EDITORIAL | As ballots arrive, pay close attention to all races

It really is no surprise that seemingly every political headline as of late is somehow related to the much-maligned presidential race.

But let’s be honest: A vast majority of voters, especially in this state, have pretty adamantly decided one way or another who their pick is, whether it be Hillary Clinton or Donald Trump. That’s just the nature of a polarizing contest between two candidates with record-high unfavorable ratings.

What has gotten less attention is, well, every single other race, whether it be statewide, countywide, or especially at the legislative district level.

That last one isn’t a factor if you live in Queen Anne or Magnolia, where neither of the 36th District Reps. (Gael Tarleton and Noel Frame) or Sen. Reuven Carlyle drew a challenger for November.

Of course, that’s disappointing. It’s not that any of the trio has done anything to warrant being replaced, but that the robust dialogue that comes with a contested election is welcome.

But in some ways, there’s an opportunity for voters in this district. Without those races on the ballot, there’s a chance to give a little more attention to those other measures on your ballot.

Seattle will vote in August on the housing levy, and King County will decide on Sound Transit 3 come November.

The entire state will weigh in on a senate race, as incumbent Patty Murray seeks another term, while Jay Inslee also tries to lock up another four years in the governor’s mansion.

The governor is one of just nine statewide offices up for grabs, though. You’ll hear plenty about Inslee and Republican challenger Bill Bryant, but what about the race for State Auditor? How about State Treasurer? Commissioner of Public Lands? Superintendent of Public Instruction?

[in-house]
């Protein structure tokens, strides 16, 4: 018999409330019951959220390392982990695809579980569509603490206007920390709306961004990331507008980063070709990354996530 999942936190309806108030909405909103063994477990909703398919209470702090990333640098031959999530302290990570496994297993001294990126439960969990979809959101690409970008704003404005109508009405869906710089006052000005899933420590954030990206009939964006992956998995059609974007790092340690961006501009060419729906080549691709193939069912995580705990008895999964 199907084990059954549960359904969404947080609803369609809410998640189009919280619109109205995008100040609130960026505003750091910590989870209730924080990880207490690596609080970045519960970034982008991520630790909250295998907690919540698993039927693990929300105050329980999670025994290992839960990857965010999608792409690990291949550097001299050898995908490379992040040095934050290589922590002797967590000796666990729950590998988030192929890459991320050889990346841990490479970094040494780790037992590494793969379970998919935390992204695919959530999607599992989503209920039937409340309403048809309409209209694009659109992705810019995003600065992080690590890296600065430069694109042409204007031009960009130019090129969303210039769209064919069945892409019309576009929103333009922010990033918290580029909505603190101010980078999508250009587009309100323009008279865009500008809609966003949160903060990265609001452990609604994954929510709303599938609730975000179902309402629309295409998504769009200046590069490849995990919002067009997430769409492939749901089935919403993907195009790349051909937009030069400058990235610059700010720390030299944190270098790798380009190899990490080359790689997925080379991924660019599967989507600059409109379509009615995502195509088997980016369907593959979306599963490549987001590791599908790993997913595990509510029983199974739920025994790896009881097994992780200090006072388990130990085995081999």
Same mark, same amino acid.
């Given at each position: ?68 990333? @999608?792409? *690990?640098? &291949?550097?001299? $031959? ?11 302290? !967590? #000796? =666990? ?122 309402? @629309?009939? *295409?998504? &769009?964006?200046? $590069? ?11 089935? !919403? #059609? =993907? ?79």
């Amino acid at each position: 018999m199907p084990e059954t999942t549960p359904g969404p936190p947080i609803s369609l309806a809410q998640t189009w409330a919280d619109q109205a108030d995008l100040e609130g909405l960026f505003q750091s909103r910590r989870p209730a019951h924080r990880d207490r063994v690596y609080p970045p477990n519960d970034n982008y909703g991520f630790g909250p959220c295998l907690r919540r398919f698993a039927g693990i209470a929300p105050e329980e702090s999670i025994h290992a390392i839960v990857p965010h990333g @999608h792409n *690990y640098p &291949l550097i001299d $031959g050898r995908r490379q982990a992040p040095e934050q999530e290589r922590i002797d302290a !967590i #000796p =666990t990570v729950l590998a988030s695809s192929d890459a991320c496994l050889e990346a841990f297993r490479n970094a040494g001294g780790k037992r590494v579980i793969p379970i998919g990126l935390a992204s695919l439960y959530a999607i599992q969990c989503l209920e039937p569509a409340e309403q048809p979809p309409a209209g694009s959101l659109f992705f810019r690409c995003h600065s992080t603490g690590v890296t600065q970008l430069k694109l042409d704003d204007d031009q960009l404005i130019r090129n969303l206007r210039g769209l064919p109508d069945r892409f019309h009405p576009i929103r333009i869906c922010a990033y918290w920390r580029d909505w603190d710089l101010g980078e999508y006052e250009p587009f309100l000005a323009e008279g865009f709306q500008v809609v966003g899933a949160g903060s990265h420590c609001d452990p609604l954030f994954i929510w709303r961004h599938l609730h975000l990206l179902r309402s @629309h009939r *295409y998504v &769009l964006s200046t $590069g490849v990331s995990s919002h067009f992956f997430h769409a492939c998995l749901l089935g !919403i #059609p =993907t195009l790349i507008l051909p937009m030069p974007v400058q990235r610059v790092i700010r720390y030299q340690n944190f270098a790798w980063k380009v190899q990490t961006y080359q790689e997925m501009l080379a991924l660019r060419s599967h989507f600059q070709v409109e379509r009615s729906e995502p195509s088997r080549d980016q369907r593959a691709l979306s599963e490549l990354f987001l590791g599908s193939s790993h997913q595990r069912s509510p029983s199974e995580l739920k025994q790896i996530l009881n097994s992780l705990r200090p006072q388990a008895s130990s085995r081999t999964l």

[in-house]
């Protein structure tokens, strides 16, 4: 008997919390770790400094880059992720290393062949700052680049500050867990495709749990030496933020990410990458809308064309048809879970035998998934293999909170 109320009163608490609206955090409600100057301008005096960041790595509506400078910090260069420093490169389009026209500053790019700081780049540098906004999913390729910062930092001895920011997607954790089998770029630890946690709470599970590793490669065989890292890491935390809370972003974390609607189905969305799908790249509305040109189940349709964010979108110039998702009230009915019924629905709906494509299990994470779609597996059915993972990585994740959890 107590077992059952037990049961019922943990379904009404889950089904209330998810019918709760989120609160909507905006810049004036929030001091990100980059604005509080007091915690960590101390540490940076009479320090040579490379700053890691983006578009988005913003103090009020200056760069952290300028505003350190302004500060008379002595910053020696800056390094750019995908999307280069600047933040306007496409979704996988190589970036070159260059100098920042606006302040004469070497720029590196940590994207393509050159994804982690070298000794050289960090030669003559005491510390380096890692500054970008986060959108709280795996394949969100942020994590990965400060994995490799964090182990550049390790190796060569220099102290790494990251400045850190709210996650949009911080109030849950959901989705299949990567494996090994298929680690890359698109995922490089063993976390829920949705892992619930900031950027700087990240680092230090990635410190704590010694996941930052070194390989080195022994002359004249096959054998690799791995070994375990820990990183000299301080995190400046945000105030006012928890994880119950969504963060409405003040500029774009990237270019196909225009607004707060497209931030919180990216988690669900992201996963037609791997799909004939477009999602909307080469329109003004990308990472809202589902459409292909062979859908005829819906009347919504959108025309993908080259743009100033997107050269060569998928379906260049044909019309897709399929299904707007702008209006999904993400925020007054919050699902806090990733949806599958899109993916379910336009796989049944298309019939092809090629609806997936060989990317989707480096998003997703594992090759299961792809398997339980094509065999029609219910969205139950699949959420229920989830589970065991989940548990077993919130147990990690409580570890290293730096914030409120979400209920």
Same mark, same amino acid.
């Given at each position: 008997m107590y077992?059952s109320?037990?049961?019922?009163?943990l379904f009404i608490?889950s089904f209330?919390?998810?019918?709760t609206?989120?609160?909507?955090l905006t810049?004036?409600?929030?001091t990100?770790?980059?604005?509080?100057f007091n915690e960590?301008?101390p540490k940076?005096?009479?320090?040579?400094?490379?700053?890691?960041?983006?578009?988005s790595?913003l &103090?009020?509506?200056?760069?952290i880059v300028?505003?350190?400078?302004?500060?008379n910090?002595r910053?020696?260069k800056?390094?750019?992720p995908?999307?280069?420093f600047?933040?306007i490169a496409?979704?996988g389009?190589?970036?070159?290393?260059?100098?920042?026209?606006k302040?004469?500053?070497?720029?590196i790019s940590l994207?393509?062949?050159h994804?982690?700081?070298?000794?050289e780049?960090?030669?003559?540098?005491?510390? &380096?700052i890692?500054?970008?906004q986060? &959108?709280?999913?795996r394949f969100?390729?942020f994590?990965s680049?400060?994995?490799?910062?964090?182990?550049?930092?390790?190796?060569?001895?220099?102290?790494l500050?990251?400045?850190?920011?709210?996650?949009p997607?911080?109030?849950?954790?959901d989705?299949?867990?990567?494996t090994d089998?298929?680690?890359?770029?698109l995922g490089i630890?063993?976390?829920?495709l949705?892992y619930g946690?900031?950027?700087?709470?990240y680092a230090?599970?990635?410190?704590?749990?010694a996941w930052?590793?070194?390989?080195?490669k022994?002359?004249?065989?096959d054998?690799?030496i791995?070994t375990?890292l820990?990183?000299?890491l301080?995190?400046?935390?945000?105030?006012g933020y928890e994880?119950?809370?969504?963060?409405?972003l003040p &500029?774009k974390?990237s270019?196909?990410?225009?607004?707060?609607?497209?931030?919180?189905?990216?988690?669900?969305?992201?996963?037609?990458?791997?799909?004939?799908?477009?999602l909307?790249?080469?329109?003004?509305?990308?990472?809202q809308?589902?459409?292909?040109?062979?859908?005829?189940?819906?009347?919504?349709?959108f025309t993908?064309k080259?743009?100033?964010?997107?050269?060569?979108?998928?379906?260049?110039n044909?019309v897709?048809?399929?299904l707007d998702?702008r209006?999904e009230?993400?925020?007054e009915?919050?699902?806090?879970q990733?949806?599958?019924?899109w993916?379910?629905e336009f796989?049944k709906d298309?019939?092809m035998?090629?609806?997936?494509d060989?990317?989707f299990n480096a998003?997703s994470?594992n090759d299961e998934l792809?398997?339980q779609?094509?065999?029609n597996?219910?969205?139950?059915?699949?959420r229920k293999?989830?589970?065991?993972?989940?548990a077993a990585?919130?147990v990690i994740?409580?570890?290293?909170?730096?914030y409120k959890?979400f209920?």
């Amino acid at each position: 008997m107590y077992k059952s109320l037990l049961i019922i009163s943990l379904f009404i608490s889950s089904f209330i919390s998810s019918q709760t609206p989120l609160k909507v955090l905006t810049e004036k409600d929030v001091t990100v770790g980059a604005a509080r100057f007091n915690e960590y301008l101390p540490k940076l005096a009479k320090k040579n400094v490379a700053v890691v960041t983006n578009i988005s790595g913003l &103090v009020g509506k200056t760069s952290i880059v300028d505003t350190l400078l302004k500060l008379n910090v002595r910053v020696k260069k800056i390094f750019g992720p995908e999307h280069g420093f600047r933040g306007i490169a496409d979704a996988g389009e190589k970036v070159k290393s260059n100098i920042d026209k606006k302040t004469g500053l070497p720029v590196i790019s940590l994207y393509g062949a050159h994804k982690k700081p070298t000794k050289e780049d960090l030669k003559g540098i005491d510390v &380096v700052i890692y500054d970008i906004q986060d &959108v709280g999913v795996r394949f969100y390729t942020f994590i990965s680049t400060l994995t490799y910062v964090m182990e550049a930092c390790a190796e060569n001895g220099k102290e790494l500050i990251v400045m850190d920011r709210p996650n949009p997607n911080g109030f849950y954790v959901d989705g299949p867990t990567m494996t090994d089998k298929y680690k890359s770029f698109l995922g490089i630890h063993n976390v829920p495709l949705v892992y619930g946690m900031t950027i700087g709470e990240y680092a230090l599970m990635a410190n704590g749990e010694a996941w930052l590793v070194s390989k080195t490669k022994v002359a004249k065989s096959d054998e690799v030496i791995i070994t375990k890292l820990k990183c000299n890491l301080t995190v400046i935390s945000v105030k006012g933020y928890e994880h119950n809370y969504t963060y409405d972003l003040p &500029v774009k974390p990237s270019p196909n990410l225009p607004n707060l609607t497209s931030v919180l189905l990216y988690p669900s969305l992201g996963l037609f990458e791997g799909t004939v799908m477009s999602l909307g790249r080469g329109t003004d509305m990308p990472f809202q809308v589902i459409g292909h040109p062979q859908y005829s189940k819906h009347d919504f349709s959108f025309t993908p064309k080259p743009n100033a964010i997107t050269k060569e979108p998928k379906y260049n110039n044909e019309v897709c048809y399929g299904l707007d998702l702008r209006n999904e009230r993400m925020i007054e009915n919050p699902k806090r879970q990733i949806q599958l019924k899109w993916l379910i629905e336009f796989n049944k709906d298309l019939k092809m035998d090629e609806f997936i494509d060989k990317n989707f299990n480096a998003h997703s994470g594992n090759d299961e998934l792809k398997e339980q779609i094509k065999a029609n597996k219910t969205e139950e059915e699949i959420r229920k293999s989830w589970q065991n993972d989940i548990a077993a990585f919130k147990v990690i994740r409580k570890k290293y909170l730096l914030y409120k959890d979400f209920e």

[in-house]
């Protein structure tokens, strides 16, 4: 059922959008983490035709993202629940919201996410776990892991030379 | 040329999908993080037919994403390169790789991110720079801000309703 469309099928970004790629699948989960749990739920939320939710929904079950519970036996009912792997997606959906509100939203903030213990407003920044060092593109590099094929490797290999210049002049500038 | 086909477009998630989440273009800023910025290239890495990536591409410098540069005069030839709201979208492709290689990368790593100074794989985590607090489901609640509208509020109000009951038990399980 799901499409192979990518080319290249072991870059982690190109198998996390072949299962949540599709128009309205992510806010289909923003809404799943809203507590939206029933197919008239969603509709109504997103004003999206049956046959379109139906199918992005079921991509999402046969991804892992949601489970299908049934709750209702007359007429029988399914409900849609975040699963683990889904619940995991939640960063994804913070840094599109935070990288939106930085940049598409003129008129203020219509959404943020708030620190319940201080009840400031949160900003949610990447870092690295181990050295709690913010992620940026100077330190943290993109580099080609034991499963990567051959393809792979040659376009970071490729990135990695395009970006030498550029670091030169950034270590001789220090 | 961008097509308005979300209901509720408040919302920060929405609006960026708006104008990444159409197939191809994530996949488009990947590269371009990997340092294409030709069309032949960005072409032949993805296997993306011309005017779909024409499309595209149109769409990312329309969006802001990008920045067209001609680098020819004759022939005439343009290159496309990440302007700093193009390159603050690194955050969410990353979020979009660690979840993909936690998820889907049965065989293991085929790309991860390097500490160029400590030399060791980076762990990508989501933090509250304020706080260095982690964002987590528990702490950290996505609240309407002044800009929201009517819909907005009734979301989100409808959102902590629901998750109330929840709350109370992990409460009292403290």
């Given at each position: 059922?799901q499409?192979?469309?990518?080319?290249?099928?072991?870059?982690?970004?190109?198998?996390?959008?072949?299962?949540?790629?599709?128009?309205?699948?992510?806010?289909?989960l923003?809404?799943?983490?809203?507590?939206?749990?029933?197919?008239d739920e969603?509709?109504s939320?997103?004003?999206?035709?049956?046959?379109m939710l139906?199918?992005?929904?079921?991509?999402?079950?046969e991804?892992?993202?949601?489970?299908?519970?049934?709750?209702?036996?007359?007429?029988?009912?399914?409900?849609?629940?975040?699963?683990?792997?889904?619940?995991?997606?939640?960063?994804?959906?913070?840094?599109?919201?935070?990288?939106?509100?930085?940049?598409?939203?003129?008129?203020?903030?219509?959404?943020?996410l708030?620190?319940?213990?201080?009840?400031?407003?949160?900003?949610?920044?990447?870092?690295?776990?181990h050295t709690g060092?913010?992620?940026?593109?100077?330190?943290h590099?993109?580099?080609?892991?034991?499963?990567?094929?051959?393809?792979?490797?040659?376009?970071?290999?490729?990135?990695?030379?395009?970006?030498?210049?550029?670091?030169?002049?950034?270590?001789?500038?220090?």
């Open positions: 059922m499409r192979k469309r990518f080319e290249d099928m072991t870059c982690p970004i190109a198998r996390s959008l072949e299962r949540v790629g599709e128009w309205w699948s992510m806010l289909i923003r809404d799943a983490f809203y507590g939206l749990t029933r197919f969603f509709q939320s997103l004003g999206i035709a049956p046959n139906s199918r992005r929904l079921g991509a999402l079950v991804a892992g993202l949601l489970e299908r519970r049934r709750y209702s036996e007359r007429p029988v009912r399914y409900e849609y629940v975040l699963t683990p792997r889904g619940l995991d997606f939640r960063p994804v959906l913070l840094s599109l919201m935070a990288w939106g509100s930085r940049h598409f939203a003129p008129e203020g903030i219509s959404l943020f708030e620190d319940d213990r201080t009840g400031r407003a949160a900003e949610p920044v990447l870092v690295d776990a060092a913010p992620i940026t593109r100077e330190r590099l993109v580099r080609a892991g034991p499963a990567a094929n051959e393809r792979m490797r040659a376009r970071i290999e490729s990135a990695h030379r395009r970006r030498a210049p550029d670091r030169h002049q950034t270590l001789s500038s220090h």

These are the state offices that are tasked with things like overseeing K-12 public education, managing the cash flow of all major state accounts, and controlling almost 6 million acres of state-owned land.

They’re not the glamorous positions, but they’re important ones.

And it’s up to you, as a registered voter — and if you’re not a registered voter it’s up to you to become one — to take these races seriously.

They’re not going to get the same media coverage as the larger races, with local newsrooms stretched ever thinner. That means the power is in your hands.

With a primary ballot arriving at your door in the days to come, now is the time to set aside an hour, click through some campaign sites, and familiarize yourself with the candidates and positions.

Representative democracy only works when voters are actually informed enough to weigh in on each race, instead of blindly filling in a bubble next to the name they’ve seen a few more ads for over the course of the campaign.

So, the message is simple, and it’s one you may remember from the days when you couldn’t cast a ballot: Do your homework.